Killer Clown Fiend refused right of appeal
Convicted murderer Mikhail Rafael Pandey-Johnson has been refused the right to appeal his conviction in the Supreme Court.
Pandey-Johnson was the leader of the Killer Clown Fiends who were behind the cold-blooded execution of a drug dealer at a Wellington house in January 2010. Dean Browne, 38, was repeatedly hit with a hammer while he slept after an alleged falling-out over drugs. His body was later found wrapped up and abandoned in the garage of a New Plymouth house.
Aucklanders Pandey-Johnson and Karl Teangiotau Nuku were found guilty in the High Court at New Plymouth of his murder and in July 2011 were sentenced to serve at least 18 years of a life sentence.
In December 2012 the Court of Appeal dismissed their appeal against their convictions and sentences.
Pandey-Johnson then sought to challenge the Court of Appeal's decision in the Supreme Court of New Zealand. The application for leave to appeal was dismissed by the court this week. The grounds for the appeal were identified as the cause of the death and the admissibility of the evidence of a witness known as W29.
The Crown's case at trial was that Mr Browne's death was the result of the hammer blows but after the attack and before his death, W29 injected morphine into him.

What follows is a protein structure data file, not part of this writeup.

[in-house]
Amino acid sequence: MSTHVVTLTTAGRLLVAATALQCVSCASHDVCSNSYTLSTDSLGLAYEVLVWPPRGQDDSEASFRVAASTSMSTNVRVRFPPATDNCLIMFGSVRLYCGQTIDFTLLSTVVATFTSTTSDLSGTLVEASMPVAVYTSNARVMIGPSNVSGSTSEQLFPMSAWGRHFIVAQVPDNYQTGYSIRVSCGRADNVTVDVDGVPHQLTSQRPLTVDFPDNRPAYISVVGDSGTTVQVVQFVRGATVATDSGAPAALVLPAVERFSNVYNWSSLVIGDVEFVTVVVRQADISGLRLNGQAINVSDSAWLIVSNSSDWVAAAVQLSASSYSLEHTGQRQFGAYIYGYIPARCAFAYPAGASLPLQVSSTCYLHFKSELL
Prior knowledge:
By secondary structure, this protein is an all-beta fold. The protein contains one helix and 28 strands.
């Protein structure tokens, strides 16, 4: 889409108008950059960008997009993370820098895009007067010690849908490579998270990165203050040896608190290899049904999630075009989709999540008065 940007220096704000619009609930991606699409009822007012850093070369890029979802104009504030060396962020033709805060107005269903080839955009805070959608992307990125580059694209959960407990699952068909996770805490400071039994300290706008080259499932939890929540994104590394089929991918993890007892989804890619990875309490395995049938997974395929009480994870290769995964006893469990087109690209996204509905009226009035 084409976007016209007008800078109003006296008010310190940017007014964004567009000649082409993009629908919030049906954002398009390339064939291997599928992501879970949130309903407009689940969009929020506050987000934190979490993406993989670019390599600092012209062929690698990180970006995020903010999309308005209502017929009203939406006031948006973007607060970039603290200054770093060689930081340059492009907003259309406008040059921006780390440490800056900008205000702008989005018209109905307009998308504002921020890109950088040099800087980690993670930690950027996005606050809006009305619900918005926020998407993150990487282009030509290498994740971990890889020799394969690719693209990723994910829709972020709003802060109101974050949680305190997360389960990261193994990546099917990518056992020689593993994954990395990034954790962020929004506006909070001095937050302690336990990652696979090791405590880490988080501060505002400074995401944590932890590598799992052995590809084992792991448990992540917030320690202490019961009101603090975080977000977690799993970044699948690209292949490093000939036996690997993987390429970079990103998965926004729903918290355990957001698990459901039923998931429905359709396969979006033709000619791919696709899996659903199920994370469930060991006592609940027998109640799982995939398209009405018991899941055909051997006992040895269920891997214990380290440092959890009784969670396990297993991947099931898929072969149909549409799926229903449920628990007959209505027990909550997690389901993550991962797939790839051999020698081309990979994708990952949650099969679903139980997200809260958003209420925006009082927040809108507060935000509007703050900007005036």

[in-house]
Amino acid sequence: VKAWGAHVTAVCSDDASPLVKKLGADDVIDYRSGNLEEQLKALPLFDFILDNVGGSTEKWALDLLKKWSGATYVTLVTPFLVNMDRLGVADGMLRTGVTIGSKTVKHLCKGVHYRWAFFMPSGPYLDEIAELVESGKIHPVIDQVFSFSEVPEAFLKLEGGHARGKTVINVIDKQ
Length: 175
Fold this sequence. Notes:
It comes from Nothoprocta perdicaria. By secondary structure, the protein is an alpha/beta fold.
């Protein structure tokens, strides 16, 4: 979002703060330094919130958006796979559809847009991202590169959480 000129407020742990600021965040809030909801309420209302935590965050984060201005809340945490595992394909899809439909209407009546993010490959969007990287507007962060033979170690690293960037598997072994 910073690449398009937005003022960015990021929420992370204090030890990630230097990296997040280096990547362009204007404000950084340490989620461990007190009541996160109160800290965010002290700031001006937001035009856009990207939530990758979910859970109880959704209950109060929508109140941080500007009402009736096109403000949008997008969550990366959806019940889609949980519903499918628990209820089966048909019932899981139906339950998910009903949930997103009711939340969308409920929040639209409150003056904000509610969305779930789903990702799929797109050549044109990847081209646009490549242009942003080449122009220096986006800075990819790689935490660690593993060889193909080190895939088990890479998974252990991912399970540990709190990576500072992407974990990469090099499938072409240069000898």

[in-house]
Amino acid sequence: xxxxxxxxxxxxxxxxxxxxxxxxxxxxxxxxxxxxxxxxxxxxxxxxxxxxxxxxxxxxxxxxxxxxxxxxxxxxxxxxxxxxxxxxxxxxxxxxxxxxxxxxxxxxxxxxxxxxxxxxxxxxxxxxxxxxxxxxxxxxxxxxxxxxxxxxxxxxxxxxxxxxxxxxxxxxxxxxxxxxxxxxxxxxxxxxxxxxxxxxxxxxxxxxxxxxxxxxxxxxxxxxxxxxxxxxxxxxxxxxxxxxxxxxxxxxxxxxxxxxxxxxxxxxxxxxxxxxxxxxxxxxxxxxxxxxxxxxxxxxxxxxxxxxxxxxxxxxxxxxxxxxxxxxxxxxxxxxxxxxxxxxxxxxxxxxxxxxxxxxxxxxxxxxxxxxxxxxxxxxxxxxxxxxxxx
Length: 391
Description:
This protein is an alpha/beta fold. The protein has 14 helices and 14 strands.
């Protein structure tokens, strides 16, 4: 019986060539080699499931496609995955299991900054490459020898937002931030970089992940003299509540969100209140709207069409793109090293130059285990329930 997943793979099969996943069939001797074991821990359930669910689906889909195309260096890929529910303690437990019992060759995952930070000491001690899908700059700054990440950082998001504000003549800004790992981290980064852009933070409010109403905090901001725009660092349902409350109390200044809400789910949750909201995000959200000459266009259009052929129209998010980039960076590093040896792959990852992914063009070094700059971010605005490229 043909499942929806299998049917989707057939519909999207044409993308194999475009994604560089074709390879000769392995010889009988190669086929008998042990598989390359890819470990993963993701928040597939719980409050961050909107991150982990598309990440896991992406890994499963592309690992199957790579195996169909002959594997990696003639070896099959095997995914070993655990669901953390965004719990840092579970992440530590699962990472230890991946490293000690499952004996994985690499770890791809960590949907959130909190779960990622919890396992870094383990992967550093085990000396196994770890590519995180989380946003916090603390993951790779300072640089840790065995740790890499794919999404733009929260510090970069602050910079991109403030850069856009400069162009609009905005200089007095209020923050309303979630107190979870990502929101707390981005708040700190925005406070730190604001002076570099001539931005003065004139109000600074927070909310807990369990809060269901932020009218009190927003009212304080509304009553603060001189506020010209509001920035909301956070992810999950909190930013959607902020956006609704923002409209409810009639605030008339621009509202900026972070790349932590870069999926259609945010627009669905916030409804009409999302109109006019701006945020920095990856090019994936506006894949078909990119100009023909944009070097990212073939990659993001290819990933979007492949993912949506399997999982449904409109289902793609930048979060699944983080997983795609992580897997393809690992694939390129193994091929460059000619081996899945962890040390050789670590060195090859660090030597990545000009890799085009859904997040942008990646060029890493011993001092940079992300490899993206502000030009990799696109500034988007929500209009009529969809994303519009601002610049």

Pandey-Johnson sought to argue the Crown had not proved Mr Browne was killed by the hammer blows.
The Supreme Court found the Court of Appeal had carefully reviewed the evidence relating to causation.
"The position remains that there is no expert evidence to suggest that there was a credible basis for challenging the Crown case as to causation. We, therefore, see no appearance of a substantial miscarriage of justice." The Supreme Court found that once W29 abandoned her dishonest denials, her accounts of events were broadly consistent and aspects of her evidence were supported by independent evidence.
Taranaki Daily News